US politicians warn about Assembly

Belfast killing should not be used to damage institutions, says Congressman

US Democratic Congressman Brendan Boyle: ‘There is absolutely no appetite in the United States for any sort of backsliding on the democratic institutions that exist and that a lot of sacrifice and effort went into creating.’ Photograph: Eric Luke

US Democratic Congressman Brendan Boyle: ‘There is absolutely no appetite in the United States for any sort of backsliding on the democratic institutions that exist and that a lot of sacrifice and effort went into creating.’ Photograph: Eric Luke

 

A leader of the Friends of Ireland caucus in the US Congress has said the killing of Belfast republican Kevin McGuigan should not be used as a reason to collapse the Northern Ireland institutions.

Congressman Richard Neal, a Massachusetts Democrat, said yesterday any arguments about the fallout from the murder of Mr McGuigan should take place within the Stormont institutions.

Taoiseach Enda Kenny and British prime minister David Cameron have convened talks between Northern Ireland parties to try and break the political impasse sparked by the assessment by Police Service of Northern Ireland Chief Constable George Hamilton that the IRA remains in existence.

The PSNI’s belief that former IRA members were involved in Mr McGuigan’s death, although without the sanction of the IRA leadership, has triggered a crisis threatening the Northern Executive and Assembly.

The talks next week will focus on “confidence issues arising from the legacy of paramilitarism” as well as the implementation of the Stormont House Agreement, which proposed contentious reductions in the social welfare budget.

Mr Neal, who was in Dublin as part of a Global Irish Parliamentarians delegation, said the Belfast Agreement, which established the institutions, is the “way forward”.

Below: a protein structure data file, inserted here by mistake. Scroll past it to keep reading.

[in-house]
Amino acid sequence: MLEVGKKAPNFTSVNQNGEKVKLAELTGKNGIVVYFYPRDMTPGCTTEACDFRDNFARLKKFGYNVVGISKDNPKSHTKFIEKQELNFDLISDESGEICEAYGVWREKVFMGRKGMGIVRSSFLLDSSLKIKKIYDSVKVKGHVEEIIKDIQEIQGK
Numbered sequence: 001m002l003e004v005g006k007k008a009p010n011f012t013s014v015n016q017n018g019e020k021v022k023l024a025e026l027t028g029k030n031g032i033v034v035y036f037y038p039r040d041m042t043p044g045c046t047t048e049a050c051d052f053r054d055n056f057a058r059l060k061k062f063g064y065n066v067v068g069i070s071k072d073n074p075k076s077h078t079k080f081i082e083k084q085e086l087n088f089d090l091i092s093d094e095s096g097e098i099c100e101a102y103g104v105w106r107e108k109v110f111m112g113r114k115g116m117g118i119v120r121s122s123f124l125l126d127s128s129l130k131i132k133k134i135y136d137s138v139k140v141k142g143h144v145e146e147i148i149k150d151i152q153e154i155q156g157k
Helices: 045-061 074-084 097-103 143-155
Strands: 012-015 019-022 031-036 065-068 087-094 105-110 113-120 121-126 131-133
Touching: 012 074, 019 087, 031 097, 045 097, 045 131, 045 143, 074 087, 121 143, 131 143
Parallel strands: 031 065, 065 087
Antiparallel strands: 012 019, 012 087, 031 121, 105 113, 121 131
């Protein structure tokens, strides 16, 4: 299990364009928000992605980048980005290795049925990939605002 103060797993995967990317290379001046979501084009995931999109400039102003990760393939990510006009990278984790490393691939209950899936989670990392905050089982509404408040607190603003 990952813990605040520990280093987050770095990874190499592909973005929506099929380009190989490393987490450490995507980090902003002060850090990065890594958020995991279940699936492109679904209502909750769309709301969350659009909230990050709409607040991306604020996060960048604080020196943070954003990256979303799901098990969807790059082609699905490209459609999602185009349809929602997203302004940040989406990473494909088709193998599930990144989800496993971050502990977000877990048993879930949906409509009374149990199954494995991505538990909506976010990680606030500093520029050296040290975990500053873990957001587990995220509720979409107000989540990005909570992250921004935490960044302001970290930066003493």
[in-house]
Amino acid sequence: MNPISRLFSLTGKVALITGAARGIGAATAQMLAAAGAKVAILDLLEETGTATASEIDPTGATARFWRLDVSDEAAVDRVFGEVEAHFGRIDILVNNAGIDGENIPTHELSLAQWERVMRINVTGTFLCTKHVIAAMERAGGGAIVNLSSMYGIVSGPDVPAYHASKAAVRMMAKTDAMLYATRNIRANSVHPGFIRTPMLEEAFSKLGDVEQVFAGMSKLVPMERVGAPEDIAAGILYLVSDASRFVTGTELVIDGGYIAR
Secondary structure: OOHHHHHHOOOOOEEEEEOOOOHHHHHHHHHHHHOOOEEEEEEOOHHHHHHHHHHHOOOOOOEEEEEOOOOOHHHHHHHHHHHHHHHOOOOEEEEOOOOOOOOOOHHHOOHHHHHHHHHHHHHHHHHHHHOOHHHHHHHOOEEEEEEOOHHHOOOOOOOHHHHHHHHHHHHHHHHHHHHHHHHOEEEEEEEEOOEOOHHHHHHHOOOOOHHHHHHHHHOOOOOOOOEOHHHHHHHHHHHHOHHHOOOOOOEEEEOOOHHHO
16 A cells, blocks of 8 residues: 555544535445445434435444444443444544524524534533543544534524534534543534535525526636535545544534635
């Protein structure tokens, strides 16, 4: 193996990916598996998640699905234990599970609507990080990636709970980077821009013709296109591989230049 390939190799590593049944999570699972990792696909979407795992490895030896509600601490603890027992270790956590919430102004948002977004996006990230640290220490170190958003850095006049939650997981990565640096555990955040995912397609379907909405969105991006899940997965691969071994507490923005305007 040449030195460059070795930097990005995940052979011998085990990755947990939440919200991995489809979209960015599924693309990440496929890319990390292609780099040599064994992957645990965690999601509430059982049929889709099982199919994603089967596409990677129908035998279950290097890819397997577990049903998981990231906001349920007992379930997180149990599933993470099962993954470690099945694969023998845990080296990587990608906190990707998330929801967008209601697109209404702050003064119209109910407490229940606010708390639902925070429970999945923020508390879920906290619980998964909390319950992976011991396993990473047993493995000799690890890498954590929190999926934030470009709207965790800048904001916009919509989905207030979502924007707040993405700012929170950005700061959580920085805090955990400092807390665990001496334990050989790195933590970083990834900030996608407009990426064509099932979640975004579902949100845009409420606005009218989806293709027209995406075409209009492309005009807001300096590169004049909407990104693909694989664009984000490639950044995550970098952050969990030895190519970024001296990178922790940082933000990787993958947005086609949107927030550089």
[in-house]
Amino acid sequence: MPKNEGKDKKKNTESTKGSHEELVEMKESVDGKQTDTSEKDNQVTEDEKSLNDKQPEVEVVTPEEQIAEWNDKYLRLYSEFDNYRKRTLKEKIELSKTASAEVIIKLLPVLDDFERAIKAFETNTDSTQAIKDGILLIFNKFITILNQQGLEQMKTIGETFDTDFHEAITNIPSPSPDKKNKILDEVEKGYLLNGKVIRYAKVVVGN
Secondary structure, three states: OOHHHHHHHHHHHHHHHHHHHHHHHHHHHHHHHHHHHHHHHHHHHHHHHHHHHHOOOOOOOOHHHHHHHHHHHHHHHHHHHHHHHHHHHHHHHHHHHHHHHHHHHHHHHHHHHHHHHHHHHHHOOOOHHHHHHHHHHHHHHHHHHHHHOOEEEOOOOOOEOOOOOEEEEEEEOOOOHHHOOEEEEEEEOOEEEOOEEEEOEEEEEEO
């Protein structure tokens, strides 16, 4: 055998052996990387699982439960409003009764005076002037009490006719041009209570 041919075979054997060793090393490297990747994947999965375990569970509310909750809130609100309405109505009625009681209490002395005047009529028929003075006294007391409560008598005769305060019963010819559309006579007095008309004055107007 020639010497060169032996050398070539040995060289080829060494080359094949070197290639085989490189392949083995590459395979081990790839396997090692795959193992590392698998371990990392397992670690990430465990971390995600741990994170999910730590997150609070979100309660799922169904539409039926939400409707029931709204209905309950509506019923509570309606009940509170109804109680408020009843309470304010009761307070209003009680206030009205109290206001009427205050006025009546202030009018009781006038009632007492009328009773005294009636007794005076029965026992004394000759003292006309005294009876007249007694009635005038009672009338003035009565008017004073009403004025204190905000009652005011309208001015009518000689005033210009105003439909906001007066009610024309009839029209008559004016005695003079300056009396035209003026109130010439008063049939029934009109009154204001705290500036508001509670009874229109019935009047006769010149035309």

“It’s in the crucible of the institutions that we found representative democracy. That’s where you sort your differences. America is one of the guarantors of the Good Friday agreement. In this instance here you run the risk that if the institutions were to collapse then what you do is go back to an election where the result is likely to be the same and then you have stalemate,” he said.

He added: “I don’t know that you want to take an isolated murder where all have agreed that it was not sanctioned by any political leadership and use that as an example of failure, because it is not.

“There has been a clear determination that there has been no role that has been played by the political leadership, the result of which in my judgment is that if you want to argue about it, you argue about it in the Assembly in Stormont.”

Sinn Féin’s Martin McGuinness said he welcomed the new talks.

“I have challenged criminality and threats to the peace and political processes no matter what quarter it originates from and will continue to do so. We want to achieve the full implementation of the Stormont House Agreement and on the issues of welfare protections, parading and identity, and to address the legacy of all groups who were party to the conflict, including state forces,” he said.

“We have also been clear that the biggest threat to the stability of the political institutions remains the ongoing Tory austerity cuts to the Executive’s budget which is impacting on our ability to deliver frontline public services.”

Pennsylvania Democratic Congressman Brendan Boyle was also in Dublin and said: “There is absolutely no appetite in the United States for any sort of backsliding on the democratic institutions that exist and that a lot of sacrifice and effort went into creating.”

Mr Kenny said it was “absolutely critical” the discussions next week were “advanced with a sense of urgency and that all of the parties constructively seize this opportunity”.